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Ukrainian President Volodymyr Zelenskyy proposed a deal with allied nations to lock down Russian compensation for the destruction its military has caused during its invasion of Ukraine.
The leader said Friday that a deal would show countries who are planning to make aggressive moves against others that they would have to pay for their actions.
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“We invite partner countries to sign a multilateral agreement and create a mechanism ensuring that everybody who suffered from Russian actions can receive compensation for all losses incurred,” he said in a video address.
In nations that sign such a deal, Russian funds and property would be confiscated, before being directed to a special compensation fund.
“That would be fair. And, Russia will feel the weight of every missile, every bomb, every shell which it has fired at us,” he said.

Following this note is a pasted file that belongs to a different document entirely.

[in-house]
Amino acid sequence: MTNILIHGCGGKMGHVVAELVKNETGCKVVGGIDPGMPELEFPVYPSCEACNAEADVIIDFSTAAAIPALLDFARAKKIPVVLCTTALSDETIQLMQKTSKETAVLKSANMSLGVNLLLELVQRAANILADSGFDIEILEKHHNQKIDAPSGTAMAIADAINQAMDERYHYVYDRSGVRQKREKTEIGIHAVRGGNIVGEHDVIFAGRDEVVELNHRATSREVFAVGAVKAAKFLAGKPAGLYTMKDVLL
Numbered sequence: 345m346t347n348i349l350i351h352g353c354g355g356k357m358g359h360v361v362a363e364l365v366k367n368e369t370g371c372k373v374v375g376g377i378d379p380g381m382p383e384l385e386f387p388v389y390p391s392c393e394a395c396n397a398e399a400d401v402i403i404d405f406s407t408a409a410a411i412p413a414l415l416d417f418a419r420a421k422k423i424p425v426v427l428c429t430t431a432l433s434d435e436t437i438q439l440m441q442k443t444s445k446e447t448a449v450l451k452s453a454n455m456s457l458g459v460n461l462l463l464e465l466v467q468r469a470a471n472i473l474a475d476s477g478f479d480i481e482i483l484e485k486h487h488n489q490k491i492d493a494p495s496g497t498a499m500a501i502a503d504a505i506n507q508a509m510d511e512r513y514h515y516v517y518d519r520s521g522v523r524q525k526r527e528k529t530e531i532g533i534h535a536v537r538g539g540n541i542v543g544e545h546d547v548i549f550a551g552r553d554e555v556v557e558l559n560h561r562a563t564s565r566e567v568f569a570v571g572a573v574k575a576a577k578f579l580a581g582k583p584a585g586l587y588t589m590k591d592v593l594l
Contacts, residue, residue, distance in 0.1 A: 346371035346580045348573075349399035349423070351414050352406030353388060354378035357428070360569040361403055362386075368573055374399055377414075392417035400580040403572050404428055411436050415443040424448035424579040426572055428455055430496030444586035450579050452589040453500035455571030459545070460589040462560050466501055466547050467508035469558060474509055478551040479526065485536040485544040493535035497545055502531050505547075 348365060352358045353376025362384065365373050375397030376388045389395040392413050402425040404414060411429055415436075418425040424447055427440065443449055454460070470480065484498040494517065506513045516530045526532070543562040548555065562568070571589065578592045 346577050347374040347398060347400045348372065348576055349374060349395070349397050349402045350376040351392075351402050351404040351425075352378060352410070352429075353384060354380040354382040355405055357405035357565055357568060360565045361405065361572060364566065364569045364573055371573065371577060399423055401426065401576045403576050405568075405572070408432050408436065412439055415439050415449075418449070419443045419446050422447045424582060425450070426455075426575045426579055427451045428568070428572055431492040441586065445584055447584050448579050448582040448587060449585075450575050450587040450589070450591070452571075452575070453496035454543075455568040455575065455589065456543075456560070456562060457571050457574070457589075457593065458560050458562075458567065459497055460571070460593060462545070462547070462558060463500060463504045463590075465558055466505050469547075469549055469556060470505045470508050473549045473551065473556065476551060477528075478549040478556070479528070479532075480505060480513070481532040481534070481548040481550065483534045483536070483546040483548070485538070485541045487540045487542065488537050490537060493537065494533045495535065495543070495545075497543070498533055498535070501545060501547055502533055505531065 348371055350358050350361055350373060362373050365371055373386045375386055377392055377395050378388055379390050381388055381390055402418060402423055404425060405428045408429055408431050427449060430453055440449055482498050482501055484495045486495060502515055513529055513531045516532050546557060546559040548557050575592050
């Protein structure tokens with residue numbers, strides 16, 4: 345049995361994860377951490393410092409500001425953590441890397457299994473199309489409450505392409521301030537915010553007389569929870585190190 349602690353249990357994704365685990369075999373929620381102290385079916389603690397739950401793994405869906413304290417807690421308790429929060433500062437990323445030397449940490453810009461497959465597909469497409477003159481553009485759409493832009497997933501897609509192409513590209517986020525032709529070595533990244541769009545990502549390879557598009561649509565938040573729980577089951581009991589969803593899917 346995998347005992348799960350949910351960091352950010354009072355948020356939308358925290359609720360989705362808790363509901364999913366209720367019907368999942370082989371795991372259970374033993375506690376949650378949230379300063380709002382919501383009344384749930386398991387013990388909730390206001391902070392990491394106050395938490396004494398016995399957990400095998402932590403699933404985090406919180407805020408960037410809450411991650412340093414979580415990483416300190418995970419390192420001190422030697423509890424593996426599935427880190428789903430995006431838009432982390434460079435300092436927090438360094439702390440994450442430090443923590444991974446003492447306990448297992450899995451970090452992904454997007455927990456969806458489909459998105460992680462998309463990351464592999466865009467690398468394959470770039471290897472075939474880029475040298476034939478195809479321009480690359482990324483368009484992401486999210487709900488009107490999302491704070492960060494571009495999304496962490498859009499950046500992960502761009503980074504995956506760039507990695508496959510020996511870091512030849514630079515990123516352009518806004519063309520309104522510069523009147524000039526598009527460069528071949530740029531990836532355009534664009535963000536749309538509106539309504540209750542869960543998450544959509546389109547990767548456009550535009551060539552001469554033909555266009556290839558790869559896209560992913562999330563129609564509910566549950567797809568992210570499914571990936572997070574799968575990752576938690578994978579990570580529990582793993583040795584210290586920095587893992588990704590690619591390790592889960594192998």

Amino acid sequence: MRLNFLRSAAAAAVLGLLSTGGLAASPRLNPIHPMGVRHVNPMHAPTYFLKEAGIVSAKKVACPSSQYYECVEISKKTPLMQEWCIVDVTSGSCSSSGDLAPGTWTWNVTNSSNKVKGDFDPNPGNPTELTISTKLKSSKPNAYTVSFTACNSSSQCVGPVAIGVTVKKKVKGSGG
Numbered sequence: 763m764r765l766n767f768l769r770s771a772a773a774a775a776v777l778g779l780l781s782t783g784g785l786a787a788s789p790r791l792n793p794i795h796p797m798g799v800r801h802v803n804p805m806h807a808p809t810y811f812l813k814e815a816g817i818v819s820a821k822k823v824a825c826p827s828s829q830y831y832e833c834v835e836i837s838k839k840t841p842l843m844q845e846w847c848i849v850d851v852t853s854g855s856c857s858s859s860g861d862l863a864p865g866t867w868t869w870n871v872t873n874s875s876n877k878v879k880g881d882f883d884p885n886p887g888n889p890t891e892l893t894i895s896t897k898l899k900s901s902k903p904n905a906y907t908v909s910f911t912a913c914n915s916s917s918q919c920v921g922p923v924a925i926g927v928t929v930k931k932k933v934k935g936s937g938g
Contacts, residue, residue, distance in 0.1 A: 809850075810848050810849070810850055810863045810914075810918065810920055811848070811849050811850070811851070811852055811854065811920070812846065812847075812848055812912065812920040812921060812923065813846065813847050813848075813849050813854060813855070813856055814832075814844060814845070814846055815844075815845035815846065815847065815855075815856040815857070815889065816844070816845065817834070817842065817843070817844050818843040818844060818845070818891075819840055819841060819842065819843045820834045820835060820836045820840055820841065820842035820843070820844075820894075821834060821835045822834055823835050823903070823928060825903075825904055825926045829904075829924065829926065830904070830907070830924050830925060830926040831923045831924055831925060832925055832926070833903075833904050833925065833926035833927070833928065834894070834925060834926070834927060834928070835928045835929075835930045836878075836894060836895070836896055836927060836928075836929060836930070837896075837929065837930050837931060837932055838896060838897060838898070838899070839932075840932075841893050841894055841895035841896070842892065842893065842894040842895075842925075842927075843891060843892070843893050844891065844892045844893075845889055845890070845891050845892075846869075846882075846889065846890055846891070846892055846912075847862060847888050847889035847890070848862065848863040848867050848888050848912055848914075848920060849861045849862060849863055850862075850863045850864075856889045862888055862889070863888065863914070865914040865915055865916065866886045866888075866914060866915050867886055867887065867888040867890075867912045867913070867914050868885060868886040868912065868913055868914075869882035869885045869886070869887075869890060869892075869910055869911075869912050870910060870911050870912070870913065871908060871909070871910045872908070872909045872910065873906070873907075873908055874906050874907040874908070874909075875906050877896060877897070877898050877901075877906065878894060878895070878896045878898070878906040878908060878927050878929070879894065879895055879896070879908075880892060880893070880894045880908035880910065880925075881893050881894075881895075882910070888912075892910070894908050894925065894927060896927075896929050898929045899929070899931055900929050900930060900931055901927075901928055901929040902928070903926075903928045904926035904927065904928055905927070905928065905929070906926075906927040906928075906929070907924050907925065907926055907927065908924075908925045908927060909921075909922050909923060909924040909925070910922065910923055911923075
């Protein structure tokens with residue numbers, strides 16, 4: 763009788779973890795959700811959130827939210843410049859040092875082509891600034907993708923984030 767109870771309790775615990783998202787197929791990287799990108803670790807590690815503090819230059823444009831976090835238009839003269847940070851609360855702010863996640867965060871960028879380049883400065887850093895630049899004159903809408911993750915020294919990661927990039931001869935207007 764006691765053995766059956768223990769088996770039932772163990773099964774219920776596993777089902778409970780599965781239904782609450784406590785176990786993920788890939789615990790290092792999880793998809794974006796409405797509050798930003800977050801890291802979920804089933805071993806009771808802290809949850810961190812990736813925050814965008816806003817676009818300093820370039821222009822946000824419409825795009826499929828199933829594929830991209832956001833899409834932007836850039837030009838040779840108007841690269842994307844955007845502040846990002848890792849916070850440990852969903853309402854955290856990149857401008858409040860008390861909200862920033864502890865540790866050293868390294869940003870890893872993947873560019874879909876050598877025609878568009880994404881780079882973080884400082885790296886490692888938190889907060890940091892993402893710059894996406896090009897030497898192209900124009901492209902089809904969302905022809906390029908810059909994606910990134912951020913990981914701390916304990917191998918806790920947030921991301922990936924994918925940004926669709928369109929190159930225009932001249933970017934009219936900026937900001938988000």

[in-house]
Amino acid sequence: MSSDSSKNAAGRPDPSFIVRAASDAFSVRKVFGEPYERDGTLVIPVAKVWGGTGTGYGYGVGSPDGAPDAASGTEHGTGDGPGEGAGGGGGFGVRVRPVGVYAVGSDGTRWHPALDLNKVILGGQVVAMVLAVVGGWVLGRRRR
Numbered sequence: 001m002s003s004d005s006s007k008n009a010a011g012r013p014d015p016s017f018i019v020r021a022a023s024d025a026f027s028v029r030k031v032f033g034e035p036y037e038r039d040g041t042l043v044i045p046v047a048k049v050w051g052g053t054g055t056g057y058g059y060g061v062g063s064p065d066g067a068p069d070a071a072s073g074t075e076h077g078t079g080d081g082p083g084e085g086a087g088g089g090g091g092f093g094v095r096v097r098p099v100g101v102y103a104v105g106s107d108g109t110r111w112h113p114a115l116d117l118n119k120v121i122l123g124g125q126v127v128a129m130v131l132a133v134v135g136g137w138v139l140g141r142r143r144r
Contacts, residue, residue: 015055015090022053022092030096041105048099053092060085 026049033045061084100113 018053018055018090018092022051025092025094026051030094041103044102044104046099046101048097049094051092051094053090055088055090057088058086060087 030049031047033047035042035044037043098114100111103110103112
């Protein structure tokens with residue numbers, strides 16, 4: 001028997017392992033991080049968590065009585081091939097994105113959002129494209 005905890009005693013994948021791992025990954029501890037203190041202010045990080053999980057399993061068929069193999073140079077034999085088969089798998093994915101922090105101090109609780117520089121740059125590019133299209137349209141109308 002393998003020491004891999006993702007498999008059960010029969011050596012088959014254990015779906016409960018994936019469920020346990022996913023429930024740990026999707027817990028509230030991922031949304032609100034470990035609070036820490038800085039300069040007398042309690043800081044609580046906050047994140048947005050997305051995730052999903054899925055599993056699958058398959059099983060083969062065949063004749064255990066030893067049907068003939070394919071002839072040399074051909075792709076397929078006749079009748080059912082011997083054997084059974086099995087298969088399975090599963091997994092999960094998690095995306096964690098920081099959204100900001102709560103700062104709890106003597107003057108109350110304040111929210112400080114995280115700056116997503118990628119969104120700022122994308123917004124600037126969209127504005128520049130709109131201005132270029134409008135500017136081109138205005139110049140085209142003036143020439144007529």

Zelenskyy said Russia should be made to pay for every home, school, hospital and business it destroys.
On Saturday, Zelenskyy said that the United Nations and the International Committee of the Red Cross have directed Russian President Vladimir Putin to remove his “mountain of corpses” from Ukraine.
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“They abandoned their military,” Zelenskyy said in an interview with a Ukrainian news outlet. “They were dying, but they didn’t care. Recently I was told that they are only now thinking about taking the corpses.
“When the war started…they used to pretend that there were no corpses,” he added. “The UN and the Red Cross said – take these bags away. Mountains of corpses of their military.”
Russia’s invasion of Ukraine has displaced millions of Ukrainians and wounded and killed thousands more – though official recorded tallies are believed to be lower than the actual numbers.
President Biden pushed through a $40 billion aid package for Ukraine, signing the emergency appropriations bill from South Korea on Saturday.
This comes as Russia now claims that Mariupol is entirely under its control, following the surrender of Ukrainian forces from the Azovstal steel plant.
Fox News’ Caitlin McFall, Lawrence Richard, The Associated Press and Reuters contributed to this report.